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XLeratorDB/statistics Documentation

SQL Server chi-squared statistic


CHISQ

Updated: 6 August 2010


Use CHISQ to calculate the chi-square (χ2) statistic. This function calculates the chi-square statistic by finding the difference between each observed and theoretical frequency for each possible outcome, squaring them, dividing each by the theoretical frequency, and taking the sum of the results. A second important part of determining the test statistic is to define the degrees of freedom of the test: this is essentially the number of squares errors involving the observed frequencies adjusted for the effect of using some of those observations to define the expected frequencies.
 
CHISQ automatically calculates the expected results.
 
The value of the chi-square statistic is:


Where
                r              is the number of rows
                c              is the number of columns
                O             is the Observed result
                E              is the Expected result
Syntax
SELECT [wctStatistics].[wct].[CHISQ] (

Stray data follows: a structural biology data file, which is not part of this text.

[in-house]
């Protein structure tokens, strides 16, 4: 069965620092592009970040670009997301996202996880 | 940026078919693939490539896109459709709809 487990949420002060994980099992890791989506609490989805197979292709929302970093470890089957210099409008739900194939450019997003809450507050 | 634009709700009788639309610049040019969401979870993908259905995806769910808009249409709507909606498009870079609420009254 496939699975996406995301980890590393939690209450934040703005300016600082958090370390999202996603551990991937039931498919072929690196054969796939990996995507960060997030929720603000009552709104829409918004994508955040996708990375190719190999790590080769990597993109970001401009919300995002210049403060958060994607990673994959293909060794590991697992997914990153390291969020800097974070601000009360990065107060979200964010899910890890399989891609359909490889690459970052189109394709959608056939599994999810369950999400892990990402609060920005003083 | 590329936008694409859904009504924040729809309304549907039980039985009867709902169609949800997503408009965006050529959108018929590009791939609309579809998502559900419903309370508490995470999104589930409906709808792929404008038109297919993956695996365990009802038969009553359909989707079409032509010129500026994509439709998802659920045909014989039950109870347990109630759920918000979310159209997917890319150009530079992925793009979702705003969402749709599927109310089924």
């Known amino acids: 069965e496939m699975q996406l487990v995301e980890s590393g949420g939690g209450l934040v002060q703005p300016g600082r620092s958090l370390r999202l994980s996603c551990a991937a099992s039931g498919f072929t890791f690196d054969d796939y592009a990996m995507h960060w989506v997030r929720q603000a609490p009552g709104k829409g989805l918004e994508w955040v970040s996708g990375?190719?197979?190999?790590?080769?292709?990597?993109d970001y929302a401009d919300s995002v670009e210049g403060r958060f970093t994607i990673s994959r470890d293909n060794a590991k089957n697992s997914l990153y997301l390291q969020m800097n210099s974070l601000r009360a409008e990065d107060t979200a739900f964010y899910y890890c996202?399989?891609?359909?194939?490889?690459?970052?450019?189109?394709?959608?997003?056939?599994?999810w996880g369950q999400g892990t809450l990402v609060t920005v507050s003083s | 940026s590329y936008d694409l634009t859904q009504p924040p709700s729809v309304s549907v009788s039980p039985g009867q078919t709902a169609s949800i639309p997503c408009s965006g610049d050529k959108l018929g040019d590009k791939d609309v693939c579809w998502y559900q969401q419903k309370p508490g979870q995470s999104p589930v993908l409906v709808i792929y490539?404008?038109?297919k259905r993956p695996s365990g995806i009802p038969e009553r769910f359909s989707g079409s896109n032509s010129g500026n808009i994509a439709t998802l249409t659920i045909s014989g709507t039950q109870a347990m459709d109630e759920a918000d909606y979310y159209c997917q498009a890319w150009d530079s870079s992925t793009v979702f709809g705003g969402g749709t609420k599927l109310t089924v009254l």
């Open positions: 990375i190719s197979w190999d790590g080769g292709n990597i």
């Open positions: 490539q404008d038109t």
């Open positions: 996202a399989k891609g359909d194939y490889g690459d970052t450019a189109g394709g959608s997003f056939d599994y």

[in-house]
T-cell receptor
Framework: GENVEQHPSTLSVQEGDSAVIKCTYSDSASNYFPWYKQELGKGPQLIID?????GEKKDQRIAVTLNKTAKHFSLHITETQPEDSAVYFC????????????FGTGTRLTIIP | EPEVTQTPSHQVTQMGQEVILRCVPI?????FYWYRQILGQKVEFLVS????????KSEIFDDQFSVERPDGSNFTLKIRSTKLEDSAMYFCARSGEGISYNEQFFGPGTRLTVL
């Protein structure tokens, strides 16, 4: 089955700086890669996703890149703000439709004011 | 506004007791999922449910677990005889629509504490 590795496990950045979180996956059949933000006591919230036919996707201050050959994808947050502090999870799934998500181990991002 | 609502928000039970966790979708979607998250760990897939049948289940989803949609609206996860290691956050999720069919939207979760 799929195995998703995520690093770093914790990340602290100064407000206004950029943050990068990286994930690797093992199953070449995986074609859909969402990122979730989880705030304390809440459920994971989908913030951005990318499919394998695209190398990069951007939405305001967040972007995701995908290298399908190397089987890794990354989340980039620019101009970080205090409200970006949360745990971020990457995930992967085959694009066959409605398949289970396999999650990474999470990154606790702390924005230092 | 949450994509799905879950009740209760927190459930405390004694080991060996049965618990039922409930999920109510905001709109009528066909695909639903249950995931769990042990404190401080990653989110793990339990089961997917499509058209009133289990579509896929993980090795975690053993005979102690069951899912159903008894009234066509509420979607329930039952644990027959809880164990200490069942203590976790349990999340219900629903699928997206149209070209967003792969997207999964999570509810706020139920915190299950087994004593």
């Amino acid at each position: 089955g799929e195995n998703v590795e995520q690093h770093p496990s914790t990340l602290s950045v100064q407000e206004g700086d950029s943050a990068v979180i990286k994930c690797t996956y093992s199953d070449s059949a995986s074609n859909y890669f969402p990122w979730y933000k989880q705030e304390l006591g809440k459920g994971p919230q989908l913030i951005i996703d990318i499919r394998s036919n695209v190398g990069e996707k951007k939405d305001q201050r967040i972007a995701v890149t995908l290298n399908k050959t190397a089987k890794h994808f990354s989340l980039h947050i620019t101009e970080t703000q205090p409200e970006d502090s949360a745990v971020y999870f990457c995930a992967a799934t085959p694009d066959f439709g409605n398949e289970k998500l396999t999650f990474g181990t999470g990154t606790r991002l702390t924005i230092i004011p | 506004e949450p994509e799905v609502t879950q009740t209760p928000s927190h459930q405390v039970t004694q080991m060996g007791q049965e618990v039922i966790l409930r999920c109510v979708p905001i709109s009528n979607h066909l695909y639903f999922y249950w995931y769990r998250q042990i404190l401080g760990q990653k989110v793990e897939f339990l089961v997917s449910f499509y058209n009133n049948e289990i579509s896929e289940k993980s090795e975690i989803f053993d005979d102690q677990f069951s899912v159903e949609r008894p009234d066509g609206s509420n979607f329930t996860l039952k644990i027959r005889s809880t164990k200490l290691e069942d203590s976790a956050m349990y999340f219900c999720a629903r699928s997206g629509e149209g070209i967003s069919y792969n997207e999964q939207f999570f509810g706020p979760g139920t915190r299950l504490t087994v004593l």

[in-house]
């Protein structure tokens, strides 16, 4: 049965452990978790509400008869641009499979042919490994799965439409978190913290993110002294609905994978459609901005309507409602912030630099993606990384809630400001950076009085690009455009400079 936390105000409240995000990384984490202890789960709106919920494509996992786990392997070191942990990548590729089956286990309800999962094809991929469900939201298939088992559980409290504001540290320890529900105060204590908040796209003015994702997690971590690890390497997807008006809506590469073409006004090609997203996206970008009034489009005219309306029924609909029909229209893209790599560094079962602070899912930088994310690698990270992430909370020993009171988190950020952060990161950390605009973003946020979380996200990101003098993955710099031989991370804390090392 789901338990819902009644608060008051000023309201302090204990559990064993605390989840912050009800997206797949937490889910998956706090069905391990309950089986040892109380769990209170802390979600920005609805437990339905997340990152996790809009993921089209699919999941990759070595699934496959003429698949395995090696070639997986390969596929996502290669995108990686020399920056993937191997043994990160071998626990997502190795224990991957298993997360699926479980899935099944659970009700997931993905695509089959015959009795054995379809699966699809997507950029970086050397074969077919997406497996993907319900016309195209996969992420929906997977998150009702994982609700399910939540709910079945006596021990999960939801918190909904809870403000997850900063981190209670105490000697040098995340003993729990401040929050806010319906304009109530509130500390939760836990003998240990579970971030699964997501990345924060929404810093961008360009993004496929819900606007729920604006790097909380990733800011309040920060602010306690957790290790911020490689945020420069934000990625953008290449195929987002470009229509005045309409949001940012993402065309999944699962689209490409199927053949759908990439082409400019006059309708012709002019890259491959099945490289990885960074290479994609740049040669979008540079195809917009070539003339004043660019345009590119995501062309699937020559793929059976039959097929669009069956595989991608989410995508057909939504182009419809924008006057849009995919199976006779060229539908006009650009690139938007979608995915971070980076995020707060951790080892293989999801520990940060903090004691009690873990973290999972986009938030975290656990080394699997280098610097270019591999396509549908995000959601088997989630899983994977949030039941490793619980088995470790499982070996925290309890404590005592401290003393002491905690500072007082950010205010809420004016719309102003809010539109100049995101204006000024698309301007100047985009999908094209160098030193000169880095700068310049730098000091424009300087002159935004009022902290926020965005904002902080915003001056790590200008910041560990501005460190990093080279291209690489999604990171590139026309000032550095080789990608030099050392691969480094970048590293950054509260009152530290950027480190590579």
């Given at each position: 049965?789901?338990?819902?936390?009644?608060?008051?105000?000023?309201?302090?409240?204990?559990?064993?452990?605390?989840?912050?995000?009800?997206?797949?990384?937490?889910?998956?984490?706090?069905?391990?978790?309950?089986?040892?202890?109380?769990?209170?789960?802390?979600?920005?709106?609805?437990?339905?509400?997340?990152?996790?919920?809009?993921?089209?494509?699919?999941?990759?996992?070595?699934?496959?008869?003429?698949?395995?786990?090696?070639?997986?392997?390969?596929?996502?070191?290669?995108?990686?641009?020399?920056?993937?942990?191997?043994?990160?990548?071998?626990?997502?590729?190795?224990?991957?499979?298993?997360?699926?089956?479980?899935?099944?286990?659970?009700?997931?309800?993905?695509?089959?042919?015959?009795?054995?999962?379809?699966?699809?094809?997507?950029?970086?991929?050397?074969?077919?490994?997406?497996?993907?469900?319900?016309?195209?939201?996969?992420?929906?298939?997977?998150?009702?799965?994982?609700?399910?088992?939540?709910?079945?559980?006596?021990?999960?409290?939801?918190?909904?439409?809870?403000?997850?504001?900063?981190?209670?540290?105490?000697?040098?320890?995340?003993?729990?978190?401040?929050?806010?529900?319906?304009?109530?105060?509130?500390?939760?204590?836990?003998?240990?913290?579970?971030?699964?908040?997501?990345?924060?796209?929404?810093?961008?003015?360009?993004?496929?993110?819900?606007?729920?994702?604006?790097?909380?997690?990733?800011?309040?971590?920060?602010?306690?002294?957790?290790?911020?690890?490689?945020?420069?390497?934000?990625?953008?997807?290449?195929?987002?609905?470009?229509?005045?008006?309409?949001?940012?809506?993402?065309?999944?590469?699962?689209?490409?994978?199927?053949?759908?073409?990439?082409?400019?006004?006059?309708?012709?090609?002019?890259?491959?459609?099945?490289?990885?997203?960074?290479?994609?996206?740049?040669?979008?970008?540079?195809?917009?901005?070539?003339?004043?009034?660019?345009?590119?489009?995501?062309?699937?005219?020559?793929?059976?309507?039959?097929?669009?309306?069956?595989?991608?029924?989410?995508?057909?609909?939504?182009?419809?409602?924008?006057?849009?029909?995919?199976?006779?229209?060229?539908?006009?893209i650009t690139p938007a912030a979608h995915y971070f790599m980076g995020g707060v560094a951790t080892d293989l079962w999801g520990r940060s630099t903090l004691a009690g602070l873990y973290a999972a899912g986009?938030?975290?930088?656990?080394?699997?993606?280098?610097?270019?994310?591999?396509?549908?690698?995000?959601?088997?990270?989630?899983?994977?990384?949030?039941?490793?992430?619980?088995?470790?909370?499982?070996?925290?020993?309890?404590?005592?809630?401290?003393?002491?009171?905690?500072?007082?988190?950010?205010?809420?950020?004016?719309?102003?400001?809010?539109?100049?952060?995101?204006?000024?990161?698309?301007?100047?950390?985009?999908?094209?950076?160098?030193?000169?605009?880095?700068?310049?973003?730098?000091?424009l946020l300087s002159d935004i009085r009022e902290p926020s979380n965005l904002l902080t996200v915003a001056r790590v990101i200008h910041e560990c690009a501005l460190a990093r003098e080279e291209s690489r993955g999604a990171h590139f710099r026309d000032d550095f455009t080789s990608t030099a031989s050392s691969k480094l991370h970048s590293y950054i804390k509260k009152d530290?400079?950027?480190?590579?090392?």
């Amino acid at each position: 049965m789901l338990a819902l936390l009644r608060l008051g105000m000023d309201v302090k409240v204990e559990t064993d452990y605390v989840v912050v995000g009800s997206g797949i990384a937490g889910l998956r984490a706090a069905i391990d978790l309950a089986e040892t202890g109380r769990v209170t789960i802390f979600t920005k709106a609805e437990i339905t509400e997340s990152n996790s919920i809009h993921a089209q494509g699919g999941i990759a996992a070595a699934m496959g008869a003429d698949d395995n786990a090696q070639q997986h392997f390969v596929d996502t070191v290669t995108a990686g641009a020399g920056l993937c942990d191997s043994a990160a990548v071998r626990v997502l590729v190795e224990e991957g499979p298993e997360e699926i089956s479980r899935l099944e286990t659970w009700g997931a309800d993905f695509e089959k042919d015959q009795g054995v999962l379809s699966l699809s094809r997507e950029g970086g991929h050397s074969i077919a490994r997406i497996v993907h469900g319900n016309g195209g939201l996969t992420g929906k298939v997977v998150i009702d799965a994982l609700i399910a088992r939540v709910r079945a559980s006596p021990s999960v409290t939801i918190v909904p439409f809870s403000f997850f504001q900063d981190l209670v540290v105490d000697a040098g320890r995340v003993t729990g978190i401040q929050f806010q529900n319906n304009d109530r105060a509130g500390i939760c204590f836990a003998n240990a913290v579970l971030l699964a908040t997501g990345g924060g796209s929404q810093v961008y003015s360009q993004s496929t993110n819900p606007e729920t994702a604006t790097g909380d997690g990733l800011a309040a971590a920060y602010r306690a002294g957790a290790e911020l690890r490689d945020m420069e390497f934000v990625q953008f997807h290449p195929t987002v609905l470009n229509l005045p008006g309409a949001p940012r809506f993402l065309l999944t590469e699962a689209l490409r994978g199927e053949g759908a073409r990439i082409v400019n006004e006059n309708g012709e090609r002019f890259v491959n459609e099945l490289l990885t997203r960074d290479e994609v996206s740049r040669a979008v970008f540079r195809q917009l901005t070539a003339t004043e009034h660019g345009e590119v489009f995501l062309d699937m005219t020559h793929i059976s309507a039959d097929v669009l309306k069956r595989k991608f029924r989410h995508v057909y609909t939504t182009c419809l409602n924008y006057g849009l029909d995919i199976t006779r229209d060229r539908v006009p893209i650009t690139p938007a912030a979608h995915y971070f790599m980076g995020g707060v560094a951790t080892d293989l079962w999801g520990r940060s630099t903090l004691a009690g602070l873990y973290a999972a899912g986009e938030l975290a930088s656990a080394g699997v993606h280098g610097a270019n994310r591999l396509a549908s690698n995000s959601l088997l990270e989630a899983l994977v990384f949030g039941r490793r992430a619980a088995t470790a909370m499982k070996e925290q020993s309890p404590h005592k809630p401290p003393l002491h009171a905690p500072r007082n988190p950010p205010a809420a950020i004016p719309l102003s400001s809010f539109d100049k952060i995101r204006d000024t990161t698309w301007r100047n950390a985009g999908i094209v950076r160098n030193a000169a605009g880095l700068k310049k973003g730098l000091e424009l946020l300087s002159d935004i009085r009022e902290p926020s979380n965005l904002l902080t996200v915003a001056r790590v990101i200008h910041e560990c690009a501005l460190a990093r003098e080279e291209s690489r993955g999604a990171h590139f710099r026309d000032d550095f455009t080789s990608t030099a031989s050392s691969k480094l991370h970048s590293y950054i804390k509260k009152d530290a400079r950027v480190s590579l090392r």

<@Actual_range_TableName, nvarchar(4000),>
 ,<@ColumnNames, nvarchar(4000),>
 ,<@GroupedColumnName, nvarchar(4000),>
 ,<@GroupedColumnValue, sql_variant,>)
Arguments
@Actual_range_TableName
the name, as text, of the table or view that contains the observed results to be used in the calculation.
@ColumnNames
the names, as text, of the columns in the de-normalized table or view specified by @Actual_range_TableName that contains the observed results to be used in the calculation.
@GroupedColumnName
the name, as text, of the column in the table or view specified by @Actual_range_TableName which will be used for grouping the results.
@GroupedColumnValue
the column value to do the grouping on.
Return Types
float
Remarks
·         Use CHISQ for de-normalized tables. Use the CHISQN function for normalized tables,.
·         CHISQ automatically calculates the expected values. If you want to enter the expected values use the CHISQ2 function.
·         For queries that are more complex, consider using the CHISQ_q function.
·         No GROUP BY is required for this function even though it produces aggregated results.
Examples
In this hypothetical situation, we want to determine if there is an association between population density and the preference for a sport from among baseball, football, and basketball. We will use the CHISQ function to calculate the chi-squared statistic.
CREATE TABLE #chi(
      [Sport] [varchar] (20) NOT NULL,
      [Rural] [float]               NOT NULL,
      [Suburban] [float]            NOT NULL,
      [Urban] [float]               NOT NULL
)
INSERT INTO #CHI VALUES ('Basketball',28,35,54)
INSERT INTO #CHI VALUES ('Baseball',60,43,35)
INSERT INTO #CHI VALUES ('Football',52,48,28)
 
SELECT wct.CHISQ(
 '#chi'
,'Rural,Suburban,Urban'
,''
,NULL)
This produces the following result
----------------------
22.451703426585
 

(1 row(s) affected)



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